Friedlander was highly intelligent, impassioned, and coolly reflective. Photography enabled her to explore New Zealand society and people. Portraits were her prime strength. They reveal an extraordinary skill in visualizing qualities of personality and temperament. Her picturings of elderly Maori women not only document their subjects with intense, understated sympathy, but also helped Friedlander feel more at home in New Zealand. Her drive to photograph New Zealand’s artists, writers, and other creative people was motivated by the view that they were under-recognized and under-valued. As an immigrant, she was able to visualize aspects of social relations that most New Zealand-born did not see, or did not want to see. For instance, an image (1967) of a solitary man in a crowded small-town pub, his fist clenched, explosive with latent tension, is a riveting portrait of both an individual and a widely shared social condition. Friedlander’s 50 years photographing artists, writers, musicians, et al constitute a history of the radical changes in New Zealand culture, from a time when the arts had little status in mainstream society, to the early twenty-first century, when they are treasured and the amount of high quality creative work is prolific for a country with a small population.
Friedlander’s photographs of women, especially those in Moko and her many portraits of women artists, writers, potters, musicians and actors, in particular but not only in the 1960s and 1970s, embody her feminism. It is striking how many she photographed at a time when, with some exceptions, female artists and writers were routinely consigned to secondary positions, regarded as minor and patronized or dismissed by male critics and fellow practitioners. Friedlander was not one to passively accept subordination. She simply ignored traditional attitudes about “women’s place” and went her own fiercely independent way.
Overall Friedlander’s photographs are insightful picturings of places and their inhabitants, in particular people’s relationships with one another, whether in New Zealand, Israel, England, or Fiji and Tokelau in the Pacific. Her images attest to her intense engagements with various locations, such as deserts, rural environments, vineyards, beaches or city streets, and the people, events, and behaviors within them. Empathy characterizes Friedlander’s photographs, whether, for example, her 1968 portraits of the elderly Rauwha Tamaiparea, an isolated presence in the mostly abandoned Maori settlement of Parihaka, a troubled-looking child clutching a balloon, or an artist who seems riven by anxiety.
Philanthropy & Legacy
Friedlander was a bountiful benefactor. All 160 or so large prints from her 2001 retrospective exhibition were gifted to the Auckland Art Gallery, while the vintage Moko suite of images went to Te Papa Tongarewa/Museum of New Zealand. In 2008 she and Gerrard instituted a biannual award to a promising photographer. From 2016, annual grants to the Auckland University Press have assisted the publication of visual arts books. In 2019 the Marti Friedlander Lectureship in Photography in the School of Humanities at the University of Auckland and a Friedlander-funded program to assist less advantaged public secondary schools to purchase camera equipment for their photography courses were instituted.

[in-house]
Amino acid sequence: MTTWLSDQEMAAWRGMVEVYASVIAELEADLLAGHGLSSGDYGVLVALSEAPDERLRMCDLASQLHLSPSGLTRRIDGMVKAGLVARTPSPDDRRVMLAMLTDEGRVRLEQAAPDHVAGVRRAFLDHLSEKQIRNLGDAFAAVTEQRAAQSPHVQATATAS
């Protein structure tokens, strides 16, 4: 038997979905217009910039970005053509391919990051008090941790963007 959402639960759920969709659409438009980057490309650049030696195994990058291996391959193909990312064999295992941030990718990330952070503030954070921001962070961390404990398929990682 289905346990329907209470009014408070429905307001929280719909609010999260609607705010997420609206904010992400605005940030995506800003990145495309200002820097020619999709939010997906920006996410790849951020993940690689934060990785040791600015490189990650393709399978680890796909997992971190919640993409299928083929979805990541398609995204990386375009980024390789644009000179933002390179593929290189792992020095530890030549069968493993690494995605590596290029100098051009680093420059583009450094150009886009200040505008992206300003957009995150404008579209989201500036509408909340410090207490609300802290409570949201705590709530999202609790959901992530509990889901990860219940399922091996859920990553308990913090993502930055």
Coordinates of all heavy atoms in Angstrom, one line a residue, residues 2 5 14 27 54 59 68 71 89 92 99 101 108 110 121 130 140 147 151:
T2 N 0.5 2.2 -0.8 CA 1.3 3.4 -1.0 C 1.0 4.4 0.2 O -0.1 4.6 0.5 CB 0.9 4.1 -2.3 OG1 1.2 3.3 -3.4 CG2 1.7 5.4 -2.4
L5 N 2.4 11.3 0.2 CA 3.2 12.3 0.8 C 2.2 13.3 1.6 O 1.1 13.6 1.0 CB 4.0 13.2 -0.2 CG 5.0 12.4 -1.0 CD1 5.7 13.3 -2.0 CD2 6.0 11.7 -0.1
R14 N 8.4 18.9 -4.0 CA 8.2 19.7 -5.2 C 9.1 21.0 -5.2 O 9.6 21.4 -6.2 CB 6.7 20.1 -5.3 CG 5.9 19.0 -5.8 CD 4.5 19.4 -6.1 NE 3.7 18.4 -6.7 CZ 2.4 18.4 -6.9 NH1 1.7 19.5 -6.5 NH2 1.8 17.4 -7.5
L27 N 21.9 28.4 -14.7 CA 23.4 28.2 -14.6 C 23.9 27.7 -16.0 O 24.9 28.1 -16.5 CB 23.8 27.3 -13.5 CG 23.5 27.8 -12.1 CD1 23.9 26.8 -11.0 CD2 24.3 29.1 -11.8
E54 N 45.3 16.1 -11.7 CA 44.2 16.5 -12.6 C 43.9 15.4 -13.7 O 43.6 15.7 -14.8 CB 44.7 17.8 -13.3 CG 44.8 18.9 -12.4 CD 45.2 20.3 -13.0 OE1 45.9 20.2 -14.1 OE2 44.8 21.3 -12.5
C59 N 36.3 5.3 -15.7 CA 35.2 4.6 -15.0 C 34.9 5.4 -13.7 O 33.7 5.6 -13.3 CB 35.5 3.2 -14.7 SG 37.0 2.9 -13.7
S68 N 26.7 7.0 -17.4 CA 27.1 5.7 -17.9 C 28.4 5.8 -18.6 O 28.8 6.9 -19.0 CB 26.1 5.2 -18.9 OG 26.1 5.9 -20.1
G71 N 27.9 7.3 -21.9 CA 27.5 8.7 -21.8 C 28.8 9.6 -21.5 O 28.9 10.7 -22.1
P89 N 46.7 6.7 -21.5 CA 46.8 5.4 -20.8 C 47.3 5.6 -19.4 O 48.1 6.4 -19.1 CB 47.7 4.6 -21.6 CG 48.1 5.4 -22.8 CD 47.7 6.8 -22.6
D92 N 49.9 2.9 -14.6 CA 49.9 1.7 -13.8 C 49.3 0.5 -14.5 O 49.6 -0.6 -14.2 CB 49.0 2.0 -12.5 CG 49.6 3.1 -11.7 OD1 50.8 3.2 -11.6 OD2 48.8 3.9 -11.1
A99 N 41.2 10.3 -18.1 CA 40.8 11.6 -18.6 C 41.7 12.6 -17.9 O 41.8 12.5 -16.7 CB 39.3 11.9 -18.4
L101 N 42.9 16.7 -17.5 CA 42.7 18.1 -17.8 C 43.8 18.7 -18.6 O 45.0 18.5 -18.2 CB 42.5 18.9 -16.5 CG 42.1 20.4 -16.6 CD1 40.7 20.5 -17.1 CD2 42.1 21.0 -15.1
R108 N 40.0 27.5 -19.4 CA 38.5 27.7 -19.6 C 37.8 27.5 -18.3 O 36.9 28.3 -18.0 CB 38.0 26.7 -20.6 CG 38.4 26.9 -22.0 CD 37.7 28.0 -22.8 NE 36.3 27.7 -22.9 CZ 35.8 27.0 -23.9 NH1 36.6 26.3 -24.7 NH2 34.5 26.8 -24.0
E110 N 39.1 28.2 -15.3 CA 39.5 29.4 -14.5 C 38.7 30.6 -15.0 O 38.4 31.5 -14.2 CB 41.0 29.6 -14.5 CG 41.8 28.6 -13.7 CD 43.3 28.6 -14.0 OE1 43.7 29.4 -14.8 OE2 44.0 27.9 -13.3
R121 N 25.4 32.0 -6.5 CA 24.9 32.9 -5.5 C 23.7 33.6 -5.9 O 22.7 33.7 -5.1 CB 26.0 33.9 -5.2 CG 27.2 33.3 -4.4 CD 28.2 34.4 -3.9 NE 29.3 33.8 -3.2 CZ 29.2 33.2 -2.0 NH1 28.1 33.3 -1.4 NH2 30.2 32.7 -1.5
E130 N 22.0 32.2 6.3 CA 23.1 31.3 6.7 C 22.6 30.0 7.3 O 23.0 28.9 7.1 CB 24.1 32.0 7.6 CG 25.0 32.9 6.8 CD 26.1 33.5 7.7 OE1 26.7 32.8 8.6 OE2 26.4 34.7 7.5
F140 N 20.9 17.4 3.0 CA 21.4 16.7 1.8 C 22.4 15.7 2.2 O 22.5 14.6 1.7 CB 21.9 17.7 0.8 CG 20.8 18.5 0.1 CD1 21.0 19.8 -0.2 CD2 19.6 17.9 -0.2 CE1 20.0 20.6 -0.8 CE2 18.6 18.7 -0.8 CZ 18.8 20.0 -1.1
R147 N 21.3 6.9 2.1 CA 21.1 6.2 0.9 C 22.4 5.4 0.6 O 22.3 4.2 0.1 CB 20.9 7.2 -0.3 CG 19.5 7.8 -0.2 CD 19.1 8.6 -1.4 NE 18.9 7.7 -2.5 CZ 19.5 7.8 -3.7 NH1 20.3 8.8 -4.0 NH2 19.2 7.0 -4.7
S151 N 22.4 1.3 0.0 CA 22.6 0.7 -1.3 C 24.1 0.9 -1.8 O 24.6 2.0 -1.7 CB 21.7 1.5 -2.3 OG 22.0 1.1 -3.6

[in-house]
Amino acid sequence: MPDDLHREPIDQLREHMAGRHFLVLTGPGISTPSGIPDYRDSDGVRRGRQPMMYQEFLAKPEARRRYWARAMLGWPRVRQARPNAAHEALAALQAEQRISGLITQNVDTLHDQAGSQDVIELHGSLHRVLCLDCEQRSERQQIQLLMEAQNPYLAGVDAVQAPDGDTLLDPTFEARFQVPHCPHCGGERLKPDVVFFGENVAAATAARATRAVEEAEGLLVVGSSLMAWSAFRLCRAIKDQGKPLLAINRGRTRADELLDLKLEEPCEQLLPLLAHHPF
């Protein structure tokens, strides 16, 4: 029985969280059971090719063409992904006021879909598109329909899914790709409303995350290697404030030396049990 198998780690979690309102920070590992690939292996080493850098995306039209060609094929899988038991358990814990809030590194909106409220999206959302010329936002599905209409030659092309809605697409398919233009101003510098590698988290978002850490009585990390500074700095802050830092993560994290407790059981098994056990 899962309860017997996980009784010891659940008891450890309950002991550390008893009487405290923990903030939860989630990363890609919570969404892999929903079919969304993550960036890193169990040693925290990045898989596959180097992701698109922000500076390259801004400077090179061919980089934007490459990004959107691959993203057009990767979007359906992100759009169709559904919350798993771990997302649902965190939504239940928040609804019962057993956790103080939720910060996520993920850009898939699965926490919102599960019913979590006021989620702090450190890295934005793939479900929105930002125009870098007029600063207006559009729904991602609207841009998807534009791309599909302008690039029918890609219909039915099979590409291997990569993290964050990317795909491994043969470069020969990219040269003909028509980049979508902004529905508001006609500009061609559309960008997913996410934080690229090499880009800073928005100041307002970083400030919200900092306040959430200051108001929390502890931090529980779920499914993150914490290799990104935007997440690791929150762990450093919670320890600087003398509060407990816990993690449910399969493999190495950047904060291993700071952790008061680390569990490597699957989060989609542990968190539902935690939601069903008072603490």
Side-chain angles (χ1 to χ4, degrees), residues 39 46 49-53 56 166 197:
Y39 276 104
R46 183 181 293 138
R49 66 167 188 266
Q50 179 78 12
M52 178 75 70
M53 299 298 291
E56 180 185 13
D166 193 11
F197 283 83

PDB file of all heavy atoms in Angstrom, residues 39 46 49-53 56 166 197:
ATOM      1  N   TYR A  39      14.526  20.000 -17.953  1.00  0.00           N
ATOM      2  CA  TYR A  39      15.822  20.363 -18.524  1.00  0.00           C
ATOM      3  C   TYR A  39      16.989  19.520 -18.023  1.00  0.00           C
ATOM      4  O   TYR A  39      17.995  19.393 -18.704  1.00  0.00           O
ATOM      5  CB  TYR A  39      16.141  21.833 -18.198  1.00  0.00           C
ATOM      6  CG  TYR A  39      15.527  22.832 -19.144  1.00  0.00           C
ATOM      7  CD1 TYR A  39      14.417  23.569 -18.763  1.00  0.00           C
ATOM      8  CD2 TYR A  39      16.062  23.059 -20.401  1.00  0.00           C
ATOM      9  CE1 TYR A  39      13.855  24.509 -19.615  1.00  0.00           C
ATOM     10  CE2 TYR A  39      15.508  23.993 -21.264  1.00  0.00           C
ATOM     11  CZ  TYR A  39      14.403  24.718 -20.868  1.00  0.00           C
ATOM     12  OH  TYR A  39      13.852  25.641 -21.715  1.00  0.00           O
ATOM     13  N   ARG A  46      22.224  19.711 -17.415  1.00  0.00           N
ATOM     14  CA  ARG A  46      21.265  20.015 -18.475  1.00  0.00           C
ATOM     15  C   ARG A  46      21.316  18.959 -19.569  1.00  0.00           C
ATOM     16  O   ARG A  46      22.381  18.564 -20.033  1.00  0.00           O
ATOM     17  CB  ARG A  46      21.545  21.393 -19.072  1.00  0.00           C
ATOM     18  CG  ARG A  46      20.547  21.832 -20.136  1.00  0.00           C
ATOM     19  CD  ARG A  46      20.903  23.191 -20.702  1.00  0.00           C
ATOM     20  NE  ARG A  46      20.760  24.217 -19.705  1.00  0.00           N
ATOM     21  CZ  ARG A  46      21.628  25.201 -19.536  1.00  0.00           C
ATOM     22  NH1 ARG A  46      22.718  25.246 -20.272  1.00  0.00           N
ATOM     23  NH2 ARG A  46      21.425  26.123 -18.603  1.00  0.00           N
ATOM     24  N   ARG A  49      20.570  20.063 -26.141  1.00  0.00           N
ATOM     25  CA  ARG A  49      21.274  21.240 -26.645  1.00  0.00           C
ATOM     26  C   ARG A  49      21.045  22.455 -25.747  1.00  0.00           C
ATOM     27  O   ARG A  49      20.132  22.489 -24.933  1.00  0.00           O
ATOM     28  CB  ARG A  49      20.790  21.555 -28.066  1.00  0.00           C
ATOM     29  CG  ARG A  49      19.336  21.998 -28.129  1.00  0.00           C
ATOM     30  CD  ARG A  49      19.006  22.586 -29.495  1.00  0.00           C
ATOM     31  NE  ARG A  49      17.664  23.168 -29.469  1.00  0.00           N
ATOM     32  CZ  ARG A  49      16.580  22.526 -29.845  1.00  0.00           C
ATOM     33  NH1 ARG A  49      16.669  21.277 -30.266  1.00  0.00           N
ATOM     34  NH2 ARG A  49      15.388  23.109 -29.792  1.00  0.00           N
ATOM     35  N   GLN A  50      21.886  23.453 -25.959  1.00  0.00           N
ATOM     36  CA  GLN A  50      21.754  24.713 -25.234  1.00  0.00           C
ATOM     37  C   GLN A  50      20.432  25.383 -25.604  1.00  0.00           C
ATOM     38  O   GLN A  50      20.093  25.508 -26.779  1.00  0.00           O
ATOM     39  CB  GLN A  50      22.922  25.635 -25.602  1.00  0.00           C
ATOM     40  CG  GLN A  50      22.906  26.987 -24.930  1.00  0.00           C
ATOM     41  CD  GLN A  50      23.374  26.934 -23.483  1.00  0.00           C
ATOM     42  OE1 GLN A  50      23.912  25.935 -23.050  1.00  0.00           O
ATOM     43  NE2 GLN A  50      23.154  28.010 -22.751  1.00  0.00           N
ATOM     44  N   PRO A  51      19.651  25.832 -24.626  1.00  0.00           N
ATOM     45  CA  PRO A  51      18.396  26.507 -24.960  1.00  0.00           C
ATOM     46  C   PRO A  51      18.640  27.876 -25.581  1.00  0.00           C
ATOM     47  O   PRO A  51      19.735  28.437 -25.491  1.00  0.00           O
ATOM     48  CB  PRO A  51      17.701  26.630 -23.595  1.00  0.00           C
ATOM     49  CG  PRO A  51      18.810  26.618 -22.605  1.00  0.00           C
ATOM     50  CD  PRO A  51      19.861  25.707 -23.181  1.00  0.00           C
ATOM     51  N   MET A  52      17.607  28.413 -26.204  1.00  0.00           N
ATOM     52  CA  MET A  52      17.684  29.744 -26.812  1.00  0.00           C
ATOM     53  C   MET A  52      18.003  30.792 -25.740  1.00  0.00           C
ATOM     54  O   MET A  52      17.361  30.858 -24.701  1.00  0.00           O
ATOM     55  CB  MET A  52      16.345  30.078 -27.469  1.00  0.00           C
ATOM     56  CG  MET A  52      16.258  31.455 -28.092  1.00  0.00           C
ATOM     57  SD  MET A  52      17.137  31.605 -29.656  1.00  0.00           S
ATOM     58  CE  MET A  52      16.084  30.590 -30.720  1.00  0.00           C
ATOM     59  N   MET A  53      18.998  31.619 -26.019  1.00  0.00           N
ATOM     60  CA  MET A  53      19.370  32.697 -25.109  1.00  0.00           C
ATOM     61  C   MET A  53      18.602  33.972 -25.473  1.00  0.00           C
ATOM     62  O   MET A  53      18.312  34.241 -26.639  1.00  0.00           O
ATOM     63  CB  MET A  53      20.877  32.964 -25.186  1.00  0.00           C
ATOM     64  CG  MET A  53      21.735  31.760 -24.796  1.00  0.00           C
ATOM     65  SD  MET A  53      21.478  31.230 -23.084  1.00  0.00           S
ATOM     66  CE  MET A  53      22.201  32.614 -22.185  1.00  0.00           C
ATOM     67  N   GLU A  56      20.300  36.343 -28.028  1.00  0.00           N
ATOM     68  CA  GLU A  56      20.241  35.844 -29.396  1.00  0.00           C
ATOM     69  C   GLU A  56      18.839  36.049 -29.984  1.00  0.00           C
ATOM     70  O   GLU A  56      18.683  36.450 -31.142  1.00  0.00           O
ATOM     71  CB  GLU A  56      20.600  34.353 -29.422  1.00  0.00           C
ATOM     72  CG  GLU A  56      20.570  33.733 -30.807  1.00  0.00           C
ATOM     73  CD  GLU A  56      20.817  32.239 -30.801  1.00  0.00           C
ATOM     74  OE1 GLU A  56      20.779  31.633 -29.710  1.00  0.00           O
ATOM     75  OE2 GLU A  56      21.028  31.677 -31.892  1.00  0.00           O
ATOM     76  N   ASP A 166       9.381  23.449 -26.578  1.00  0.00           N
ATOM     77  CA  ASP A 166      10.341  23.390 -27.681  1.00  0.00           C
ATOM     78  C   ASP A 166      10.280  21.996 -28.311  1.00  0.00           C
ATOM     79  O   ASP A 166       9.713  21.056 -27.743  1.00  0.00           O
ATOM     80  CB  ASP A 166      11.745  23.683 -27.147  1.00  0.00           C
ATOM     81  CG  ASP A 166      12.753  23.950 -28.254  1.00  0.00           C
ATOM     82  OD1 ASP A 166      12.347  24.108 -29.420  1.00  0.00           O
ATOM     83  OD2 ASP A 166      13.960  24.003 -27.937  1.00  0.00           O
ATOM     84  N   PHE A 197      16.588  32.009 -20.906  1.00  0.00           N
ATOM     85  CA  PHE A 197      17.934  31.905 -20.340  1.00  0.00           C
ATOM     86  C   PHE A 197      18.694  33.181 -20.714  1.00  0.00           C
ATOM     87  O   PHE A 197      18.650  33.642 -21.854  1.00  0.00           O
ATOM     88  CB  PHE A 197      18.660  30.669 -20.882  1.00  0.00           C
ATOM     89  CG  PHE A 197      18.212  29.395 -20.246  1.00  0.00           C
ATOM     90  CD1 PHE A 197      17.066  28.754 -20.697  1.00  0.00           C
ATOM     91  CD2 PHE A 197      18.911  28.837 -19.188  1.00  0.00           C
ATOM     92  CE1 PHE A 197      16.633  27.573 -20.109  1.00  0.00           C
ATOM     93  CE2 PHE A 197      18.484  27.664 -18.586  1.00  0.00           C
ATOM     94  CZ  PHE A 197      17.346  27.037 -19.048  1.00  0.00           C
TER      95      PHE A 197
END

A large archive of Friedlander’s photographs, negatives, and personal papers is held on loan at the Auckland Art Gallery, a treasure trove for researchers, social historians, and artists. Its cultural and social value was recognized when it was elevated to the UNESCO Memory of the World New Zealand Register in November 2017, the first photographic archive in Australasia so honored. In 1998 Friedlander was made a Companion of the New Zealand Order of Merit for services to photography. She was also an Arts Foundation Laureate, just one of twenty at any one time. The honor that she valued most came just a month before she died on November 14, 2016, the conferral of an honorary Doctorate by the University of Auckland. Friedlander had come a long way from Mile End.
Selected Works by Marti Friedlander
Self-Portrait: Marti Friedlander (with Hugo Manson). Auckland: Auckland University Press, 2013. (With Hugo Manson.)
Marti Friedlander Photo-books:
Moko: Maori Tattooing in the Twentieth Century (with Michael King). Wellington: Alister Taylor, 1972; Auckland: David Bateman 1992, 1999, 2008 & 2019.
Lark in a Paradise: New Zealand Portraits (with James McNeish). Auckland & London: Collins, 1974.
Contemporary New Zealand Painters A-M (with Jim and Mary Barr). Martinborough: Alister Taylor, 1980.
Pioneers of New Zealand Wine (with Dick Scott). Auckland: Reed/Southern Cross, 2002.
Waiheke Island: A World of Wine: The People behind the Labels (with Clare Dunleavy), Auckland: Beatnik Publishing, 2017.
Bell, Leonard. Marti Friedlander. Auckland: Auckland University Press, 2009 & 2010.
Bell, Leonard. Marti Friedlander, Portraits of the Artists. Auckland: Auckland University Press, 2020.
Brownson, Ron (ed.). Marti Friedlander: Photographs. Auckland: Auckland Art Gallery and Bateman Books, 2001.